Marilyn Monroe (pictured circa 1950) is one of the 'icons' whose belonging can guarantee a good price at an auction / Getty

Collectors tell The Independent how they come across such rare items, how they are authenticated and which ones go for the best price

From Jimi Hendrix’s guitar to Lady Gaga’s acrylic fingernail, items put up for auction which have been linked to a celebrities often vary from the impressive to the downright  bizarre

The prices these items fetch is often eye-watering. Recent high profile examples include Bonhams auction house selling the piano played in Casablanca for $3.4million sale, Jimi Hendrix's guitar for £209,000 and George Harrison’s leather jacket for £110,450.

Similarly, in 2011 a collection of Elizabeth Taylor’s possessions – including jewellery, clothes, and film props – collectively raised over £100.3 million for the late actresses’ Aids trust after being auctioned at Christie’s. In 2015 a range of Margaret Thatcher’s personal belongings including a gift from Ronald Reagan and a pearl necklace collectively amassed £4.5million.

For those uninterested in celebrity culture, the whole escapade can seem confusing. However, Nic McElhatton, the Chairman of Christie’s who oversaw the sale of Pele’s 1970 World Cup final shirt in 2002 for £157,750 believes that “we are all to some degree fascinated by celebrity”. 

The actual process of finding and selling celebrities’ past clothes or belongings can certainly be interesting and unexpected, and also requires a lot of work to authenticate and value the item.

Paul Fraser Collectibles, based in Bristol, have the largest private stockholding of collectibles and deal with a vast range of celebrity memorabilia. Their list of high-profile people who have used or worn items they sell ranges from historical figures like Mahatma Gandhi to singers like Madonna.

While they cannot reveal past prices, they are currently selling a lock of Lord Nelson’s hair valued at £15,000, a bowl and utensils used by Gandhi while in prison, lingerie worn by Madonna valued at £4,950, bed linen slept in by the Beatles estimated to fetch around £595 and a Christmas card signed by both Prince Charles and Princess Diana valued at £1,950.

When some think of celebrity memorabilia auctions, it can conjure up recollections of some of the more bizarre auctions such as when William Shatner sold his kidney stone for $25,000 in 2006 to raise money for a housing charity or when Winston Churchill’s false teeth were sold.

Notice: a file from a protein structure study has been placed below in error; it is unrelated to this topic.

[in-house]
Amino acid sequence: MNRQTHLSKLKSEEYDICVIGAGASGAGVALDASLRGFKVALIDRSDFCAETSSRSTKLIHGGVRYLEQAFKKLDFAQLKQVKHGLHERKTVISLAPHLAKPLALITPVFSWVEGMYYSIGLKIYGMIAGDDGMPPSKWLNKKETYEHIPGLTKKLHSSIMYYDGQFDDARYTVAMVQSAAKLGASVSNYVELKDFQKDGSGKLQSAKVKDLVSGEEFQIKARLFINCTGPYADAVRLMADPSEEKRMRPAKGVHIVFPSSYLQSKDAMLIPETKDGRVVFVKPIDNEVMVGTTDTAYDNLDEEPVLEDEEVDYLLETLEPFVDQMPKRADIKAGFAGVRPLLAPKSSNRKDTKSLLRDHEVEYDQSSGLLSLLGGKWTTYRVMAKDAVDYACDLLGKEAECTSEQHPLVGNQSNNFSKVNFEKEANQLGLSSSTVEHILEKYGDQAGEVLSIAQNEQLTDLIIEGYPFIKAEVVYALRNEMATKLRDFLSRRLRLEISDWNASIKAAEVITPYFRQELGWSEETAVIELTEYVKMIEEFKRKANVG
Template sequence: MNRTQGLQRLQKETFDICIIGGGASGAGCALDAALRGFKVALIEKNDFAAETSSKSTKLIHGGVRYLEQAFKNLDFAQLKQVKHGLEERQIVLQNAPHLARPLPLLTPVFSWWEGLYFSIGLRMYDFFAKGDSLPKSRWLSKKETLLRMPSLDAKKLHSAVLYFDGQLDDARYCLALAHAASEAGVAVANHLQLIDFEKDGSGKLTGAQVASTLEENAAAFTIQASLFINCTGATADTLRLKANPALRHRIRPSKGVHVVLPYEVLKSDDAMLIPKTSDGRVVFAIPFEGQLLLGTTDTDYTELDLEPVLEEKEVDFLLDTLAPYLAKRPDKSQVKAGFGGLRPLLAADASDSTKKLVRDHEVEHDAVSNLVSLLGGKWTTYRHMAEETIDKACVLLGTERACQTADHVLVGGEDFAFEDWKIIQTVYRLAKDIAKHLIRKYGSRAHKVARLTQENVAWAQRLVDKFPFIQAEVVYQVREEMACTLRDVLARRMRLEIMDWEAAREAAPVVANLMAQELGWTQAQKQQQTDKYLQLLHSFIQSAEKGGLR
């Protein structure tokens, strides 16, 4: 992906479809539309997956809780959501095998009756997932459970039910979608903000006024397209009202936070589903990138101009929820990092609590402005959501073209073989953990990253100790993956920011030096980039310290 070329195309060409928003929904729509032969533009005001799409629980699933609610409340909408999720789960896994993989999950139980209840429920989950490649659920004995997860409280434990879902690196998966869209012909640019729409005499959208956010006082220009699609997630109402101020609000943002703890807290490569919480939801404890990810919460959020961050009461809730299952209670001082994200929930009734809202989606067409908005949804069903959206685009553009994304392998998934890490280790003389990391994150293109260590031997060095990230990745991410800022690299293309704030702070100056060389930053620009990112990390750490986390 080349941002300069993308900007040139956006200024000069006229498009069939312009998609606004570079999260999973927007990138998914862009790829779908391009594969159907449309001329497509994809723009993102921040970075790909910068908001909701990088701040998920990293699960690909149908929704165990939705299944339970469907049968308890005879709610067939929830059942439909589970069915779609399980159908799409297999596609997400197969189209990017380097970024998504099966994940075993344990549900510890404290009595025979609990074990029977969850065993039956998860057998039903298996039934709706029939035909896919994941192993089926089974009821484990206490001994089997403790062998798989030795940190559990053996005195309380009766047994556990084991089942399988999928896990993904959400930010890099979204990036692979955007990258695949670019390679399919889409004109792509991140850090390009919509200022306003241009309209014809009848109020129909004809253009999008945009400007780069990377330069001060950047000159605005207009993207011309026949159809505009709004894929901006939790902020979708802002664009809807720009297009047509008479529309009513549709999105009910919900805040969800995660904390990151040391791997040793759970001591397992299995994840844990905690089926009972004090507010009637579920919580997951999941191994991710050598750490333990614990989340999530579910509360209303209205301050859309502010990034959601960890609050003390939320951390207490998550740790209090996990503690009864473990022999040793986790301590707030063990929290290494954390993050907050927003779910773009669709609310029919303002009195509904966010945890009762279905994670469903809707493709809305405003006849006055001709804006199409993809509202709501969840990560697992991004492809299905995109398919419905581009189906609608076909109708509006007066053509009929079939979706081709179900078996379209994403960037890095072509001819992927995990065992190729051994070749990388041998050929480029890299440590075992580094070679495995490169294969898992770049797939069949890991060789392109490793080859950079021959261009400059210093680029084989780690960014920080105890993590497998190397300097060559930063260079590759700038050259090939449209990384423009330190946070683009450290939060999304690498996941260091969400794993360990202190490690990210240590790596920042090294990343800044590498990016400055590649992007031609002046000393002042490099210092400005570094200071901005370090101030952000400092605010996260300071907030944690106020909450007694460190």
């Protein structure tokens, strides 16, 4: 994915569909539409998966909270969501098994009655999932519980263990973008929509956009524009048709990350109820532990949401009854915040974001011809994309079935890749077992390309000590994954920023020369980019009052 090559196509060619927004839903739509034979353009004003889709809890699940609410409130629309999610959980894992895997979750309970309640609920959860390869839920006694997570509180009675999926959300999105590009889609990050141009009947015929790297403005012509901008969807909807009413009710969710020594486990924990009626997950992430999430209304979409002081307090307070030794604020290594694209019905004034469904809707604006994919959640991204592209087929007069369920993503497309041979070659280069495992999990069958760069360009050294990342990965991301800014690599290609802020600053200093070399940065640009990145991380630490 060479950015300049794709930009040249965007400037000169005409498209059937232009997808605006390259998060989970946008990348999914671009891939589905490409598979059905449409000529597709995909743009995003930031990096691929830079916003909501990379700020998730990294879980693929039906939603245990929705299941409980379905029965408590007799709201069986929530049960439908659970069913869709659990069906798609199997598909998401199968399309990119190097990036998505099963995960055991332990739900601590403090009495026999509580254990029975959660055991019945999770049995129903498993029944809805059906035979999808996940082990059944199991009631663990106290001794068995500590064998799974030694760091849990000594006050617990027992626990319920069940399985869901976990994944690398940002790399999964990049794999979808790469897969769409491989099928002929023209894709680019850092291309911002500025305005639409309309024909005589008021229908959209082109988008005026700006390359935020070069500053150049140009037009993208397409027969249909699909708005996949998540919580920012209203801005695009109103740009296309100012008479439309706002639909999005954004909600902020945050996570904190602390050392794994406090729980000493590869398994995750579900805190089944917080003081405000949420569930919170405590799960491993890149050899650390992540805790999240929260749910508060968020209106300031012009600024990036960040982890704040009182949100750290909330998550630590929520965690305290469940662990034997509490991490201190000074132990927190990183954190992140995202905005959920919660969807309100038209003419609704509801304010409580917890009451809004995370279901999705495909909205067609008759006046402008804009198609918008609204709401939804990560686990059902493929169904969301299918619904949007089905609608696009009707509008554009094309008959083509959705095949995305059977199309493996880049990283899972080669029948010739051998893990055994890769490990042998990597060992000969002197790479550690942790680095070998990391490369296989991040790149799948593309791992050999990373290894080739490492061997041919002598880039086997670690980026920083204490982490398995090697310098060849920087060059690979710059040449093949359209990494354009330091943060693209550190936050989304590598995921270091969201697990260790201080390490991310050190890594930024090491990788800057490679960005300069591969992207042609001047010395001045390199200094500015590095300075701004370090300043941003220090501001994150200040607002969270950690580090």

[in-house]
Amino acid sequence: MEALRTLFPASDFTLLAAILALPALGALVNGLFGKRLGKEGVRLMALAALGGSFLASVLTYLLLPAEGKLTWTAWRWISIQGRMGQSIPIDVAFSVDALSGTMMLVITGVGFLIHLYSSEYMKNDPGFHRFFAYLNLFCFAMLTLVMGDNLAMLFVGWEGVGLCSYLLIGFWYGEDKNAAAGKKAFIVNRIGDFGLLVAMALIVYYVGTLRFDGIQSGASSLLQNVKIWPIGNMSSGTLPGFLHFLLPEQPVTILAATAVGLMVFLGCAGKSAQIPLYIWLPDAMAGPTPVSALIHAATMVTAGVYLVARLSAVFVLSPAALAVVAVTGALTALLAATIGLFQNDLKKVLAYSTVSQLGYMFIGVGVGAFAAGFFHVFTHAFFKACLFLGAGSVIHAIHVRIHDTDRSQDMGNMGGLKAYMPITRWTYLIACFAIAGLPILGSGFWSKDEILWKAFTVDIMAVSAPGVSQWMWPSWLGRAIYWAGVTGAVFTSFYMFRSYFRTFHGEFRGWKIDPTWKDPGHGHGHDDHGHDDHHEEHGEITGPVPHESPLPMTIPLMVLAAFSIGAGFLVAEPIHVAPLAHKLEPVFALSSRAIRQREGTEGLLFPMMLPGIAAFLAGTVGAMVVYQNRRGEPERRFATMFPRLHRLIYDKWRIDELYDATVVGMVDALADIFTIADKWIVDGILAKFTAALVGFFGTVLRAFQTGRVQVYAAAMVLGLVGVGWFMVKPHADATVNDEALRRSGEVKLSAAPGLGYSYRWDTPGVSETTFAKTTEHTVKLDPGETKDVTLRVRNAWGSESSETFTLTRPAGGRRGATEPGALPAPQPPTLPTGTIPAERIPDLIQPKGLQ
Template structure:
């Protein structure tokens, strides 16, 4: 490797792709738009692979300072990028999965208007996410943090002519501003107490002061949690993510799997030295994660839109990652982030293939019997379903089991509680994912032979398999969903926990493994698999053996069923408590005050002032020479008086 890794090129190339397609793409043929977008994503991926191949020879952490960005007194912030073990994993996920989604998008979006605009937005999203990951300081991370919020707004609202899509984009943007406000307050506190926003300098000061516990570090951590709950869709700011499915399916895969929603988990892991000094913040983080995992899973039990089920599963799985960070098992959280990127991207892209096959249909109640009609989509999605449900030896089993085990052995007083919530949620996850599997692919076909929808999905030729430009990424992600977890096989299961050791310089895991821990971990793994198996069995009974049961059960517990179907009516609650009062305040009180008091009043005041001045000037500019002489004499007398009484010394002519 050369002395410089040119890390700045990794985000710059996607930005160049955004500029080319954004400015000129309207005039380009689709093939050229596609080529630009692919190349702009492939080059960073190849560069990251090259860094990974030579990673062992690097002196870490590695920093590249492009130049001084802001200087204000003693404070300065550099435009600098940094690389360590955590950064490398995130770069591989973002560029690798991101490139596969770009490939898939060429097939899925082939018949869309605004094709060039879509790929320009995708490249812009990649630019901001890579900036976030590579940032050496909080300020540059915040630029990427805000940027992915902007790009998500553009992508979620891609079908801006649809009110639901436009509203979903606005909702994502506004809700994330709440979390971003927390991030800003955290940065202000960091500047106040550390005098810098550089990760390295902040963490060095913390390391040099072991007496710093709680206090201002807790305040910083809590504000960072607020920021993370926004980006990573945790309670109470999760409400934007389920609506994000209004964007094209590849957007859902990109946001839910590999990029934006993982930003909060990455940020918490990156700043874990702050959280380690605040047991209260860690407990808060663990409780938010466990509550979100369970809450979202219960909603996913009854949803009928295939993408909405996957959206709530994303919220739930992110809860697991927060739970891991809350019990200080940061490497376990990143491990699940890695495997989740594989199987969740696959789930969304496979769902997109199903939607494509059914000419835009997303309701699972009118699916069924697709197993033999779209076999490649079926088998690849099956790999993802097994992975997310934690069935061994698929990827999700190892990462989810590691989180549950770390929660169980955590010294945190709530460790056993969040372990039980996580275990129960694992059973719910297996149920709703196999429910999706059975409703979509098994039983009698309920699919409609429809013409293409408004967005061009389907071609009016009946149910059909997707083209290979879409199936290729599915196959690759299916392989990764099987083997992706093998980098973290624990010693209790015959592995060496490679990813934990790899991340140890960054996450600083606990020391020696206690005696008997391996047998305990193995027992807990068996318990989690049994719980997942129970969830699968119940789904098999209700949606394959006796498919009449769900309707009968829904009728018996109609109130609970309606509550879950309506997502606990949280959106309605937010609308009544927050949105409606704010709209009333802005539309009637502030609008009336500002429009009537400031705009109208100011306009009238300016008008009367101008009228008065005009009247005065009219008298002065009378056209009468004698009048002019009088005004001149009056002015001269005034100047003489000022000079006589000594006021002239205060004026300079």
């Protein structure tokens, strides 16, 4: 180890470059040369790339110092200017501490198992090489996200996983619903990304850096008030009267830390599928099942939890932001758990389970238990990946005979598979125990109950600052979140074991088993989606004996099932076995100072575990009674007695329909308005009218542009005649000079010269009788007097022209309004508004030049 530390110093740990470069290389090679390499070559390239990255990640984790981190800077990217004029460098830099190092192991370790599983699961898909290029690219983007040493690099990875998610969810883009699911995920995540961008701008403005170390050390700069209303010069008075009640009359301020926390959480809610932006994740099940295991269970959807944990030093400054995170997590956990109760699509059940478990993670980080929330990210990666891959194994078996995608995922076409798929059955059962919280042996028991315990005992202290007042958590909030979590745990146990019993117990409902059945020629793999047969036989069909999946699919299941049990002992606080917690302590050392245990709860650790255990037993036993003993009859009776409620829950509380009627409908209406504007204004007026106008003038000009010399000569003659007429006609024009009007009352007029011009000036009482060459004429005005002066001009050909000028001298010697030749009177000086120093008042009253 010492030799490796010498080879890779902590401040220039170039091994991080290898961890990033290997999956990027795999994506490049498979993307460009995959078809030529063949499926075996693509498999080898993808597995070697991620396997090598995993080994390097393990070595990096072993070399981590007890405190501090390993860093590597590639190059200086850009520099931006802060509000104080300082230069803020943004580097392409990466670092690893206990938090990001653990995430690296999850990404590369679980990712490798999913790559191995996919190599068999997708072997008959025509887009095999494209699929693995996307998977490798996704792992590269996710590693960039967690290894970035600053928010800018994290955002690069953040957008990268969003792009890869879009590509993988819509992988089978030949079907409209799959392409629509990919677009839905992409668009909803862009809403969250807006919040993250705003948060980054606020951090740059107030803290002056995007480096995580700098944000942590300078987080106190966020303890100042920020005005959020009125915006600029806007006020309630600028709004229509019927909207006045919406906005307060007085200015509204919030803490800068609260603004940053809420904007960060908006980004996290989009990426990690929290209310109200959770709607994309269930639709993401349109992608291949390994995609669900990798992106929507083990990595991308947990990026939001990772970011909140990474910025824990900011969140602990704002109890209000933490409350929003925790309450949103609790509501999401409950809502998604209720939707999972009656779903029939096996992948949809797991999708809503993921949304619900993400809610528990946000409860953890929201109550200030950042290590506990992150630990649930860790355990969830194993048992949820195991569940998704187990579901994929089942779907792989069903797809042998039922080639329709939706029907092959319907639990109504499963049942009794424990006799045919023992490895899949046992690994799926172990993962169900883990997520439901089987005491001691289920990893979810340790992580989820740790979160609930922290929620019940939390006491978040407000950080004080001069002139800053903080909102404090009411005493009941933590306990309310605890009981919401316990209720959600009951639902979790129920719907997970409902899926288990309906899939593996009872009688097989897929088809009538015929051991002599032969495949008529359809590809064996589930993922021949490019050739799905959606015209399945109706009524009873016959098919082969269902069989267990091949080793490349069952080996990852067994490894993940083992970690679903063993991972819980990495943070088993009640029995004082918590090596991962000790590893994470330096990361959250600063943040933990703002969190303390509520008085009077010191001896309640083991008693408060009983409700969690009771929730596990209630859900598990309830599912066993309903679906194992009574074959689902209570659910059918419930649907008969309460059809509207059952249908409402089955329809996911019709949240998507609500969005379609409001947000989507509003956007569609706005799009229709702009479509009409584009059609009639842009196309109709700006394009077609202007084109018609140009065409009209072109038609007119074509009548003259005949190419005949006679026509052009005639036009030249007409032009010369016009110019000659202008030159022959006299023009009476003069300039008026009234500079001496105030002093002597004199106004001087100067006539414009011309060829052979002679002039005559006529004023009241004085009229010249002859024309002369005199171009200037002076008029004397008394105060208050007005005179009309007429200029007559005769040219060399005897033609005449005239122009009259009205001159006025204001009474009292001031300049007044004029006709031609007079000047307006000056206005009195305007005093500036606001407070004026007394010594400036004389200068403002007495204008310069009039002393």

Fraser says some might deem the locks of hair he sells as weird (currently, locks from Charles Dickens, Elizabeth Taylor, Elvis Presley and Jackie Kennedy are up for grabs) but says others view it as “wonderful”.

Fraser got into the trade in the late 1970s after coming into possession of a signed Beatles album which he put on display in the record store he owned at the time.

“I put a signed Beatles album on the wall for decoration, with a sign, “not for sale”. The next day a man came in and offered me £45 for it – 15 times the price of the regular record,” he told The Independent.

From then on, he was hooked and started selling autographs full time; he founded his company in 2009.

So how do collectors obtain these items, especially the rarest? Katherine Schofield, head of the entertainment memoribillia department at Bonhams, says it can vary from things being donated by fans who were lucky enough to get their hands on an item or a prop that being thrown out by a film studio. 

 

Fraser finds many of his items from scouring auctions himself but otherwise they come from members of the public.

“It's amazing the rare and wonderful objects that people keep on their walls and in their attics for decades and decades. Often these pieces pass down a generation before coming to us. We get a lot of calls that begin: “Just been clearing out my dad's study and found this...”

Verifying the authenticity of a celebrity-owned or worn item is a multi-step process and not something that is not taken lightly, with Fraser saying they “research every aspect of its history: particularly previous owners and sales”.

His checklist for verifying autographs includes having a detailed knowledge of the history of someone in the public eye as well as a historical memory bank of pens.

“We see so many John Lennon-autographed CDs - yes CDs. Or Bruce Lee signed memorabilia from his posthumous films,” he says.

Once authenticated, how much an item is valued at depends on a range of factors mainly rarity, condition and desirability - for example, a Charlie Chaplin-signed photo of him wearing his iconic costume compared will be more valuable than one of him in an ordinary outfit because it is more desirable.

“You also need to factor in recent changes in the market. Big anniversaries often boost interest in a particular area. For example, Titanic memorabilia has been hugely popular since the 2012 centenary of the sinking.”

However, sometimes there are just certain celebrities who are guaranteed to produce the highest price tag and Fraser has his predictions of the modern day stars who are likely to go down as legends.

“The celebrity fame generally comes and goes. But there are some ‘icons’ who transcend the generations. Think of the names we will remember in 100 years' time. For example, Marilyn Monroe. The Beatles and James Dean. More recent figures who are perennial auction favourites include Madonna, Michael Jackson and Lady Gaga. The fame of all three looks set to endure for decades.”

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